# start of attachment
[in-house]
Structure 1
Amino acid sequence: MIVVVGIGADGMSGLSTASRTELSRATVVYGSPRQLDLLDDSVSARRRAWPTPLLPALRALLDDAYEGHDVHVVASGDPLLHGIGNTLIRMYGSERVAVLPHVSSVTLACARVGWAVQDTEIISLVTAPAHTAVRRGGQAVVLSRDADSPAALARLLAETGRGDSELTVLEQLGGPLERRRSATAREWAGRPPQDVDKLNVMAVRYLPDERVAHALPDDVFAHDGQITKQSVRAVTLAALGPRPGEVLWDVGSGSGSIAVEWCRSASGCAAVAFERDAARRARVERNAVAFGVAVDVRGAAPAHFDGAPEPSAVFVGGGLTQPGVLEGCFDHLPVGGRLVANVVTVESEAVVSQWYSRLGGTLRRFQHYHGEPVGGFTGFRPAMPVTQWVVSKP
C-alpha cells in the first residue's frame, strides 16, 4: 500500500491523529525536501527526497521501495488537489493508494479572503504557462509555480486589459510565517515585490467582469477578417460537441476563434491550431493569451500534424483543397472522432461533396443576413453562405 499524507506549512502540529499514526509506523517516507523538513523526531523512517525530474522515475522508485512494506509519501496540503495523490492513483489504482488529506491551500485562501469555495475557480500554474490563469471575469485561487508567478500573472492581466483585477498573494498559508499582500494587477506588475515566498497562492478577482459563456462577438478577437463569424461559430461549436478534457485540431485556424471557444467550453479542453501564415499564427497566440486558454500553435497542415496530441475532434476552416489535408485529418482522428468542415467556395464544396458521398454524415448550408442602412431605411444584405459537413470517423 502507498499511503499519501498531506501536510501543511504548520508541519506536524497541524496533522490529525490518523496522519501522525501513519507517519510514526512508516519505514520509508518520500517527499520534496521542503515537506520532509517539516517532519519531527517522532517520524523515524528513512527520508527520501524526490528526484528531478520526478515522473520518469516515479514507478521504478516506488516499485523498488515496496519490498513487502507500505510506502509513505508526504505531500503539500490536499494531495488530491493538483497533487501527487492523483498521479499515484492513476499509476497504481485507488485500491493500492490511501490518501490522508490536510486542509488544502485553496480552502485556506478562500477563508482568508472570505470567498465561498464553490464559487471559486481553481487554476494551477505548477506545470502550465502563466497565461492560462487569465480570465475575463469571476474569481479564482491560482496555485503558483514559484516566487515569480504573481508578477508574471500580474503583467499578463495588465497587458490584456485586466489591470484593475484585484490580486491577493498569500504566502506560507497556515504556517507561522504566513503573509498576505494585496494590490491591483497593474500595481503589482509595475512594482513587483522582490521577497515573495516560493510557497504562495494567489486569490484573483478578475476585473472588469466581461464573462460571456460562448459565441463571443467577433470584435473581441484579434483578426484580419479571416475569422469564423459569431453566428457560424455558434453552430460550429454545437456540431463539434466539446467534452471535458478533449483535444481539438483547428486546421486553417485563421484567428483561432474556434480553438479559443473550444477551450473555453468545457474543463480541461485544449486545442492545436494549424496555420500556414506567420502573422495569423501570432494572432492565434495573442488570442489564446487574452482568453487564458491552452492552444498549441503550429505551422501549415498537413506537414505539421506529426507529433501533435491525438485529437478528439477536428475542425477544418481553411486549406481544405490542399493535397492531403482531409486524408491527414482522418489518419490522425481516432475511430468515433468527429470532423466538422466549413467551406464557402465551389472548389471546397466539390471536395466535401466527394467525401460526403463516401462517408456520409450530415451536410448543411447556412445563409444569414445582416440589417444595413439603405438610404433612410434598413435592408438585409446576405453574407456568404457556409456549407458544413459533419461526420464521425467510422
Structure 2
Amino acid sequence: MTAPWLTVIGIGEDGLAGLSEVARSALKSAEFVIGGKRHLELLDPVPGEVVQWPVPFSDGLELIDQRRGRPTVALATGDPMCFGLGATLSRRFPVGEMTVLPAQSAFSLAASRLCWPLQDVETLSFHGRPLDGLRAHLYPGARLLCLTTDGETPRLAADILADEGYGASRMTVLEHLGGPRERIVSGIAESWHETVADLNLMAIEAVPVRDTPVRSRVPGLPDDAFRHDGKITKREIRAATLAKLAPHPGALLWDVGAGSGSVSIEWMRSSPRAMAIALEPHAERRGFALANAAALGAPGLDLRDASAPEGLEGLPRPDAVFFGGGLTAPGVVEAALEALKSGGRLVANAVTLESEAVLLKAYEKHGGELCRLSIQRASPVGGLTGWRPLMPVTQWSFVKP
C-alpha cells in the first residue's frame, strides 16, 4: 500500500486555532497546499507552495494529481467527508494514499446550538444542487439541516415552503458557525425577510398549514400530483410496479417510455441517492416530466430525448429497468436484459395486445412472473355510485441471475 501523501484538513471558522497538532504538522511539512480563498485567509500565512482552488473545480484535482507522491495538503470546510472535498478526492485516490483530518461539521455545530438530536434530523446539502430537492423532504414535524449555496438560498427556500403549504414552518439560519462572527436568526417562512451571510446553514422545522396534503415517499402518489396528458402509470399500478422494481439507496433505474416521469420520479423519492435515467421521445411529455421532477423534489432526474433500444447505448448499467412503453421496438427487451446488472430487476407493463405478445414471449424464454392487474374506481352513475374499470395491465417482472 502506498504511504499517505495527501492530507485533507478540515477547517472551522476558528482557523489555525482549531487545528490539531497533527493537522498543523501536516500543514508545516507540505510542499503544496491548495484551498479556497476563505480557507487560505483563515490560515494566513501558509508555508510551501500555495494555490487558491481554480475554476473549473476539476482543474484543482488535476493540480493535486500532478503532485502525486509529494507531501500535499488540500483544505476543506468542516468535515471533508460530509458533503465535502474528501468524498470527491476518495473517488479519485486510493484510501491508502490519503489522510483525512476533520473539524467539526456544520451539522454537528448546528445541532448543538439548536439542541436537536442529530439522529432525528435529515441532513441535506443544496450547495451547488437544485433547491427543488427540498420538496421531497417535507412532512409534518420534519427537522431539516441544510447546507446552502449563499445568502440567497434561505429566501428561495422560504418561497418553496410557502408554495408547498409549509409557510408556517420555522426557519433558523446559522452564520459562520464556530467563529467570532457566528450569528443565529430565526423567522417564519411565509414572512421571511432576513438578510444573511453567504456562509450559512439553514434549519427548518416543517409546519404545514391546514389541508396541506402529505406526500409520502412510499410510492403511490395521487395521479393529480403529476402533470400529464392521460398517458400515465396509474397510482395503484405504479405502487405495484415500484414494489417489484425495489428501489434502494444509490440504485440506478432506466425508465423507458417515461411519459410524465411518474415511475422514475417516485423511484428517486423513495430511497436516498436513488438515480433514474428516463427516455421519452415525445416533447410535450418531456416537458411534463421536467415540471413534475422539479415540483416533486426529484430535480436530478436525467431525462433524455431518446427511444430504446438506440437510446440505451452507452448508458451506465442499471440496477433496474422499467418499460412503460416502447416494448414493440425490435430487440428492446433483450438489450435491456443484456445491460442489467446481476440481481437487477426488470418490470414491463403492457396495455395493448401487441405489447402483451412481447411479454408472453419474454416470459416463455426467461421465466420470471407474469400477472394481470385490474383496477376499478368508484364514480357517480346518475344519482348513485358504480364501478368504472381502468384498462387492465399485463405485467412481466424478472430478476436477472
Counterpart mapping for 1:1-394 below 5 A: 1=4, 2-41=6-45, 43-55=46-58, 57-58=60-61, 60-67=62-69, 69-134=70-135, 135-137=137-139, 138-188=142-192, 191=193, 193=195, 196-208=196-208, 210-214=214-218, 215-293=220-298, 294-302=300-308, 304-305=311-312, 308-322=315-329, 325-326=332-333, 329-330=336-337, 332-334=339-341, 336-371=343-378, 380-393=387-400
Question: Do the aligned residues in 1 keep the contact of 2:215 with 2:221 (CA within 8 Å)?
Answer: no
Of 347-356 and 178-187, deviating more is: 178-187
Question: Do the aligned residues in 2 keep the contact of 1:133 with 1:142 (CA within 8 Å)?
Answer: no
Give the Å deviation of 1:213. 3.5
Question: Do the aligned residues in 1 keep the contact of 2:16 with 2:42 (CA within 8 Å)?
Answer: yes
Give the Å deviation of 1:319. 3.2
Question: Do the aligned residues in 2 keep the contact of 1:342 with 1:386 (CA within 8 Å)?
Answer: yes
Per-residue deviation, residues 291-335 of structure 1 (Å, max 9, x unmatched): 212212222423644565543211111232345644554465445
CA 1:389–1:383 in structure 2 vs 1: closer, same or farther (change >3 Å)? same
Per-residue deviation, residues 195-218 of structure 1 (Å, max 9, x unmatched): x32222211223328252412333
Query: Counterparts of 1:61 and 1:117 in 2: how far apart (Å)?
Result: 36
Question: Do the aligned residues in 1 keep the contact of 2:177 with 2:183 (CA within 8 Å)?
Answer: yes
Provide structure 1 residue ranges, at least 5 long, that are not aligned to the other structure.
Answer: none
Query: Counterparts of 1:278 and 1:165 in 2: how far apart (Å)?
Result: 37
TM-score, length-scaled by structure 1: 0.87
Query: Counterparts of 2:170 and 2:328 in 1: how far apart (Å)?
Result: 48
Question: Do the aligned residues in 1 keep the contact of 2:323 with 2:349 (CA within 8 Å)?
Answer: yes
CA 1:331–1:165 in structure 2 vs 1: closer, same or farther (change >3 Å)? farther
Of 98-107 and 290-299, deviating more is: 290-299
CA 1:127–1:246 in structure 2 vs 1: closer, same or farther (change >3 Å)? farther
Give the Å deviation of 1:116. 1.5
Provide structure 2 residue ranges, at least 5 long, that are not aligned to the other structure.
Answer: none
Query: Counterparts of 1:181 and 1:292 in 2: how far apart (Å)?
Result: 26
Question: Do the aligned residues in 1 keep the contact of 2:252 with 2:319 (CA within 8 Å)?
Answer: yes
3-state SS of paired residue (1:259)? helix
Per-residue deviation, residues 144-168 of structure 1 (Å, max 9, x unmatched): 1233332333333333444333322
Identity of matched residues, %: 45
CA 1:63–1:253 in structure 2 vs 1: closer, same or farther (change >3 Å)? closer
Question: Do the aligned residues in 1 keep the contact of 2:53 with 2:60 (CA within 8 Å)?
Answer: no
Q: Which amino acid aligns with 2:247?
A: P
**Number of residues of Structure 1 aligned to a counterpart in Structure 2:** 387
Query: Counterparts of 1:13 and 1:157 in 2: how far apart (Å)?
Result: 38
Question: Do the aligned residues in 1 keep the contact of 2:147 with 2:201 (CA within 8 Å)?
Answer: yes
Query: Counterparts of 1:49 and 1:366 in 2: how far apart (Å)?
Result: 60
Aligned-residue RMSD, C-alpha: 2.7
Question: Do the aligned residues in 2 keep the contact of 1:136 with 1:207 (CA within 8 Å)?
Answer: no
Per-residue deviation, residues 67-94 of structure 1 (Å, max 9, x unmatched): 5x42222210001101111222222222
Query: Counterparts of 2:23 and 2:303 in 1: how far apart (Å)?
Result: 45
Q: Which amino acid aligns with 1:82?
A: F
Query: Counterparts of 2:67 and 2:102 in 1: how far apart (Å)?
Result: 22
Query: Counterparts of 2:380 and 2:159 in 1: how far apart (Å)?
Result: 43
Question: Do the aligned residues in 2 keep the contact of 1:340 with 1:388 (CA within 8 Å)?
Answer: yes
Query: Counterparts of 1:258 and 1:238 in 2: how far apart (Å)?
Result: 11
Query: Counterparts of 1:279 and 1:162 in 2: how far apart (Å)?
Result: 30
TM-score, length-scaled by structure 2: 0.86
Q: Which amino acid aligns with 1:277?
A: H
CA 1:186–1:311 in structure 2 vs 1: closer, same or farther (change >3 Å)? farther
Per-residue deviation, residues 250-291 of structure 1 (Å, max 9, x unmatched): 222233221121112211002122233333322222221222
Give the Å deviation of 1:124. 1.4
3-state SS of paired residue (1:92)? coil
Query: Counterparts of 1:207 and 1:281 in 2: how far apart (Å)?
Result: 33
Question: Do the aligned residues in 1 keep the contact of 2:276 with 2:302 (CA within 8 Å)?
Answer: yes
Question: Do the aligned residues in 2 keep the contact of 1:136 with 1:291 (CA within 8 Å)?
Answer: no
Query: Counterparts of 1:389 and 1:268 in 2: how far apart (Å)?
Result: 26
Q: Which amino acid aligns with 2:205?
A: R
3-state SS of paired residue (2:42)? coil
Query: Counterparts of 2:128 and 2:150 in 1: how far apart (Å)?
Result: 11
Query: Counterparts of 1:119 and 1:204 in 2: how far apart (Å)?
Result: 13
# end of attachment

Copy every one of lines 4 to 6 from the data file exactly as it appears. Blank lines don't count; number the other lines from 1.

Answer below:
C-alpha cells in the first residue's frame, strides 16, 4: 500500500491523529525536501527526497521501495488537489493508494479572503504557462509555480486589459510565517515585490467582469477578417460537441476563434491550431493569451500534424483543397472522432461533396443576413453562405 499524507506549512502540529499514526509506523517516507523538513523526531523512517525530474522515475522508485512494506509519501496540503495523490492513483489504482488529506491551500485562501469555495475557480500554474490563469471575469485561487508567478500573472492581466483585477498573494498559508499582500494587477506588475515566498497562492478577482459563456462577438478577437463569424461559430461549436478534457485540431485556424471557444467550453479542453501564415499564427497566440486558454500553435497542415496530441475532434476552416489535408485529418482522428468542415467556395464544396458521398454524415448550408442602412431605411444584405459537413470517423 502507498499511503499519501498531506501536510501543511504548520508541519506536524497541524496533522490529525490518523496522519501522525501513519507517519510514526512508516519505514520509508518520500517527499520534496521542503515537506520532509517539516517532519519531527517522532517520524523515524528513512527520508527520501524526490528526484528531478520526478515522473520518469516515479514507478521504478516506488516499485523498488515496496519490498513487502507500505510506502509513505508526504505531500503539500490536499494531495488530491493538483497533487501527487492523483498521479499515484492513476499509476497504481485507488485500491493500492490511501490518501490522508490536510486542509488544502485553496480552502485556506478562500477563508482568508472570505470567498465561498464553490464559487471559486481553481487554476494551477505548477506545470502550465502563466497565461492560462487569465480570465475575463469571476474569481479564482491560482496555485503558483514559484516566487515569480504573481508578477508574471500580474503583467499578463495588465497587458490584456485586466489591470484593475484585484490580486491577493498569500504566502506560507497556515504556517507561522504566513503573509498576505494585496494590490491591483497593474500595481503589482509595475512594482513587483522582490521577497515573495516560493510557497504562495494567489486569490484573483478578475476585473472588469466581461464573462460571456460562448459565441463571443467577433470584435473581441484579434483578426484580419479571416475569422469564423459569431453566428457560424455558434453552430460550429454545437456540431463539434466539446467534452471535458478533449483535444481539438483547428486546421486553417485563421484567428483561432474556434480553438479559443473550444477551450473555453468545457474543463480541461485544449486545442492545436494549424496555420500556414506567420502573422495569423501570432494572432492565434495573442488570442489564446487574452482568453487564458491552452492552444498549441503550429505551422501549415498537413506537414505539421506529426507529433501533435491525438485529437478528439477536428475542425477544418481553411486549406481544405490542399493535397492531403482531409486524408491527414482522418489518419490522425481516432475511430468515433468527429470532423466538422466549413467551406464557402465551389472548389471546397466539390471536395466535401466527394467525401460526403463516401462517408456520409450530415451536410448543411447556412445563409444569414445582416440589417444595413439603405438610404433612410434598413435592408438585409446576405453574407456568404457556409456549407458544413459533419461526420464521425467510422
Structure 2
Amino acid sequence: MTAPWLTVIGIGEDGLAGLSEVARSALKSAEFVIGGKRHLELLDPVPGEVVQWPVPFSDGLELIDQRRGRPTVALATGDPMCFGLGATLSRRFPVGEMTVLPAQSAFSLAASRLCWPLQDVETLSFHGRPLDGLRAHLYPGARLLCLTTDGETPRLAADILADEGYGASRMTVLEHLGGPRERIVSGIAESWHETVADLNLMAIEAVPVRDTPVRSRVPGLPDDAFRHDGKITKREIRAATLAKLAPHPGALLWDVGAGSGSVSIEWMRSSPRAMAIALEPHAERRGFALANAAALGAPGLDLRDASAPEGLEGLPRPDAVFFGGGLTAPGVVEAALEALKSGGRLVANAVTLESEAVLLKAYEKHGGELCRLSIQRASPVGGLTGWRPLMPVTQWSFVKP